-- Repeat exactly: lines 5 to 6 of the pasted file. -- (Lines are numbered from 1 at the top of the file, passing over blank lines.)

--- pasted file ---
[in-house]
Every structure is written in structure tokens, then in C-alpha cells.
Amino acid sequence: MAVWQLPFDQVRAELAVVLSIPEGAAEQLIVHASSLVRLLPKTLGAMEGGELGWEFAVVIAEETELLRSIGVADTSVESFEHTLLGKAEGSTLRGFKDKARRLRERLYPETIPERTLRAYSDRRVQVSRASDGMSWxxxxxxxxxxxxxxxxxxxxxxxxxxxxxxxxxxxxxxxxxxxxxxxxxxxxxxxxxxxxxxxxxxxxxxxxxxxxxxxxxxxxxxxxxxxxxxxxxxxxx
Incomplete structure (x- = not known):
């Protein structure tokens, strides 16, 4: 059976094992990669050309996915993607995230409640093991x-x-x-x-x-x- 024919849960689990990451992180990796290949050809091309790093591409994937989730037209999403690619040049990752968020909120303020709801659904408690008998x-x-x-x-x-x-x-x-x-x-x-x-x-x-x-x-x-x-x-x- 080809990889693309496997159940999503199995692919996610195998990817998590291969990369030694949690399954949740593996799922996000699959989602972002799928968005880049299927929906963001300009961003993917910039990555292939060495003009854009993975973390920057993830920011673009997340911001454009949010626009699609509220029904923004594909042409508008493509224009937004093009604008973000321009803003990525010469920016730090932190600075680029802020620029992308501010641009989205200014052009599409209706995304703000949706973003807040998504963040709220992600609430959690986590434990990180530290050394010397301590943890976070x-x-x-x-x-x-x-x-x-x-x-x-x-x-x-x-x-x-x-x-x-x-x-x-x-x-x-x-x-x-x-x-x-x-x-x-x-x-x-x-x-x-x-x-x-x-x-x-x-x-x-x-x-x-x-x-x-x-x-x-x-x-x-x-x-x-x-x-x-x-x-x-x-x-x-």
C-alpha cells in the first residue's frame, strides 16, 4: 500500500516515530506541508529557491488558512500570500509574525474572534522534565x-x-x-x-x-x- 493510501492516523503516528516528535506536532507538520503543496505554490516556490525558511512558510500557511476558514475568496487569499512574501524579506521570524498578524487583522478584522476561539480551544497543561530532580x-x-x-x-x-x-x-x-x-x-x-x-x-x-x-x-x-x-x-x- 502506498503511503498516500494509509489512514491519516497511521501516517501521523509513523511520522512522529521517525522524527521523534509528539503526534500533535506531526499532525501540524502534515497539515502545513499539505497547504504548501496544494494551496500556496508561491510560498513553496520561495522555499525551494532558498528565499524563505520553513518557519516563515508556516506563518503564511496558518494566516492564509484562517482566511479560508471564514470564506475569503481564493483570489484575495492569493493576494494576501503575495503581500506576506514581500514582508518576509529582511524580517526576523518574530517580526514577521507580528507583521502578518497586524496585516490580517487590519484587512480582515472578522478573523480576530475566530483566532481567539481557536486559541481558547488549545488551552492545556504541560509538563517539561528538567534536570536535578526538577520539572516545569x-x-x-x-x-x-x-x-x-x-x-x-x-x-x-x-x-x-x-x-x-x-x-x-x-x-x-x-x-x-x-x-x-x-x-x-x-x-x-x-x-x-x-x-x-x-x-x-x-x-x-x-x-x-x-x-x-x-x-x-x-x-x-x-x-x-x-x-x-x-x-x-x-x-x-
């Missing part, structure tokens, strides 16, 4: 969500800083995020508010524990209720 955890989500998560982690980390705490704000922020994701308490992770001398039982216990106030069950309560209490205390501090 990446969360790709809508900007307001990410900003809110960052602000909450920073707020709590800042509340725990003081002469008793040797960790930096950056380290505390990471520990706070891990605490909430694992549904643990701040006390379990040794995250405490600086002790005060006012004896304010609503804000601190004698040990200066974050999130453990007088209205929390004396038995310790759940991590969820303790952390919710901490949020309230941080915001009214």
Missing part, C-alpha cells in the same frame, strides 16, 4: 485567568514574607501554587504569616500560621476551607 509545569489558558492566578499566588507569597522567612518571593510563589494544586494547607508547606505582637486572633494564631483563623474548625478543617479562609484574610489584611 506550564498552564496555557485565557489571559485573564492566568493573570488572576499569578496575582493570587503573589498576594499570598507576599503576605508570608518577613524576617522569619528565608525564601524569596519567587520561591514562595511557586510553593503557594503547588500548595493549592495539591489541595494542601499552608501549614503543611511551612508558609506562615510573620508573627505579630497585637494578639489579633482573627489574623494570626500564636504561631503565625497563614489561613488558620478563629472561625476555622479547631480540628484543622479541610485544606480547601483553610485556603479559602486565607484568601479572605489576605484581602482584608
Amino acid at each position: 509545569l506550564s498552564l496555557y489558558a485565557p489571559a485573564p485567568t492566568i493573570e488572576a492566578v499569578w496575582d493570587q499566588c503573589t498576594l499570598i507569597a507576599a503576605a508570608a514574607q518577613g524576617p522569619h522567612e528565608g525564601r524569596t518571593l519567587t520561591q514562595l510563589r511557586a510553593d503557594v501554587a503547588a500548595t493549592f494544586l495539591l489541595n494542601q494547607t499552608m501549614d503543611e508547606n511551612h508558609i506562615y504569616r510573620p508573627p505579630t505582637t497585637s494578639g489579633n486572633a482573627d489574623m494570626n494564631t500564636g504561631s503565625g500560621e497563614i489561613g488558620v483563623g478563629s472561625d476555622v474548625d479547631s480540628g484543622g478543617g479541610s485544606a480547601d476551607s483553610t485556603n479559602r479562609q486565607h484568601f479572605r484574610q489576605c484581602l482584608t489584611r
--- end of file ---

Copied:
């Protein structure tokens, strides 16, 4: 059976094992990669050309996915993607995230409640093991x-x-x-x-x-x- 024919849960689990990451992180990796290949050809091309790093591409994937989730037209999403690619040049990752968020909120303020709801659904408690008998x-x-x-x-x-x-x-x-x-x-x-x-x-x-x-x-x-x-x-x- 080809990889693309496997159940999503199995692919996610195998990817998590291969990369030694949690399954949740593996799922996000699959989602972002799928968005880049299927929906963001300009961003993917910039990555292939060495003009854009993975973390920057993830920011673009997340911001454009949010626009699609509220029904923004594909042409508008493509224009937004093009604008973000321009803003990525010469920016730090932190600075680029802020620029992308501010641009989205200014052009599409209706995304703000949706973003807040998504963040709220992600609430959690986590434990990180530290050394010397301590943890976070x-x-x-x-x-x-x-x-x-x-x-x-x-x-x-x-x-x-x-x-x-x-x-x-x-x-x-x-x-x-x-x-x-x-x-x-x-x-x-x-x-x-x-x-x-x-x-x-x-x-x-x-x-x-x-x-x-x-x-x-x-x-x-x-x-x-x-x-x-x-x-x-x-x-x-």
C-alpha cells in the first residue's frame, strides 16, 4: 500500500516515530506541508529557491488558512500570500509574525474572534522534565x-x-x-x-x-x- 493510501492516523503516528516528535506536532507538520503543496505554490516556490525558511512558510500557511476558514475568496487569499512574501524579506521570524498578524487583522478584522476561539480551544497543561530532580x-x-x-x-x-x-x-x-x-x-x-x-x-x-x-x-x-x-x-x- 502506498503511503498516500494509509489512514491519516497511521501516517501521523509513523511520522512522529521517525522524527521523534509528539503526534500533535506531526499532525501540524502534515497539515502545513499539505497547504504548501496544494494551496500556496508561491510560498513553496520561495522555499525551494532558498528565499524563505520553513518557519516563515508556516506563518503564511496558518494566516492564509484562517482566511479560508471564514470564506475569503481564493483570489484575495492569493493576494494576501503575495503581500506576506514581500514582508518576509529582511524580517526576523518574530517580526514577521507580528507583521502578518497586524496585516490580517487590519484587512480582515472578522478573523480576530475566530483566532481567539481557536486559541481558547488549545488551552492545556504541560509538563517539561528538567534536570536535578526538577520539572516545569x-x-x-x-x-x-x-x-x-x-x-x-x-x-x-x-x-x-x-x-x-x-x-x-x-x-x-x-x-x-x-x-x-x-x-x-x-x-x-x-x-x-x-x-x-x-x-x-x-x-x-x-x-x-x-x-x-x-x-x-x-x-x-x-x-x-x-x-x-x-x-x-x-x-x-